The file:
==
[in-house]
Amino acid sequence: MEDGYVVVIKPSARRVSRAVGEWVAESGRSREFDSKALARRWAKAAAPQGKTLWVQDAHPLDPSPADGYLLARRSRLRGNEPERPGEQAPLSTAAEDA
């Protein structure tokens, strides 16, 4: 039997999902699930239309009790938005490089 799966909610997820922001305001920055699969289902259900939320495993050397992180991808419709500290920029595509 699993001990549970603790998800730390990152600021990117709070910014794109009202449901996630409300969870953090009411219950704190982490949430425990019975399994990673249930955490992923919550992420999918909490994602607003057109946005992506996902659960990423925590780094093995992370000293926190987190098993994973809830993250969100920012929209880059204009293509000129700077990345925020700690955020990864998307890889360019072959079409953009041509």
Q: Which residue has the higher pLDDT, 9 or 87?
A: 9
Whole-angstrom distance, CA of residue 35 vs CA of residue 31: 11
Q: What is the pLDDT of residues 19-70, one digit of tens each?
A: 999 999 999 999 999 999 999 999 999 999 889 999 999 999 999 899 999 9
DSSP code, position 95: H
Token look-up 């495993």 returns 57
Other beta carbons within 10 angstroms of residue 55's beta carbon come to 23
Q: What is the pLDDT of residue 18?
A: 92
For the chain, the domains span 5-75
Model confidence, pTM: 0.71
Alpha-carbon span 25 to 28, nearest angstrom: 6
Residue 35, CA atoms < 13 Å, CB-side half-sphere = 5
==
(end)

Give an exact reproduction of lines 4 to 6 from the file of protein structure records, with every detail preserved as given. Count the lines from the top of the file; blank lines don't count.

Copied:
Q: Which residue has the higher pLDDT, 9 or 87?
A: 9
Whole-angstrom distance, CA of residue 35 vs CA of residue 31: 11